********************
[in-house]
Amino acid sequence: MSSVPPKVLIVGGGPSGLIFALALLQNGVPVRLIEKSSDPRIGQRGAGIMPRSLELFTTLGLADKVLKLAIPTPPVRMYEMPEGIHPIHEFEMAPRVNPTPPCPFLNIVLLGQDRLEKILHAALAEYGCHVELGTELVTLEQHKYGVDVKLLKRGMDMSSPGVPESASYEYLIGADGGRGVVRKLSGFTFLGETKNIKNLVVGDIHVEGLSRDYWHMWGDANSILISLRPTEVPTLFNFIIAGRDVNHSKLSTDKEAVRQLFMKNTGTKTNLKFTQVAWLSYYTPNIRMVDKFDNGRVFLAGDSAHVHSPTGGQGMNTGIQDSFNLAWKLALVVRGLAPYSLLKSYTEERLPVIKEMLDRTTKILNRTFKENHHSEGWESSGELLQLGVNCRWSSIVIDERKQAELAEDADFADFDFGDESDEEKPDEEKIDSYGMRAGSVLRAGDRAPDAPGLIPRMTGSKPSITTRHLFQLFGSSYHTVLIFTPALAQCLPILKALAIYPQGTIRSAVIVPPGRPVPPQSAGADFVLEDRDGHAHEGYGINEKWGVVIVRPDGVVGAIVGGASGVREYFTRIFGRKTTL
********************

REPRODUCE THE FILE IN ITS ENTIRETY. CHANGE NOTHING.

[in-house]
Amino acid sequence: MSSVPPKVLIVGGGPSGLIFALALLQNGVPVRLIEKSSDPRIGQRGAGIMPRSLELFTTLGLADKVLKLAIPTPPVRMYEMPEGIHPIHEFEMAPRVNPTPPCPFLNIVLLGQDRLEKILHAALAEYGCHVELGTELVTLEQHKYGVDVKLLKRGMDMSSPGVPESASYEYLIGADGGRGVVRKLSGFTFLGETKNIKNLVVGDIHVEGLSRDYWHMWGDANSILISLRPTEVPTLFNFIIAGRDVNHSKLSTDKEAVRQLFMKNTGTKTNLKFTQVAWLSYYTPNIRMVDKFDNGRVFLAGDSAHVHSPTGGQGMNTGIQDSFNLAWKLALVVRGLAPYSLLKSYTEERLPVIKEMLDRTTKILNRTFKENHHSEGWESSGELLQLGVNCRWSSIVIDERKQAELAEDADFADFDFGDESDEEKPDEEKIDSYGMRAGSVLRAGDRAPDAPGLIPRMTGSKPSITTRHLFQLFGSSYHTVLIFTPALAQCLPILKALAIYPQGTIRSAVIVPPGRPVPPQSAGADFVLEDRDGHAHEGYGINEKWGVVIVRPDGVVGAIVGGASGVREYFTRIFGRKTTL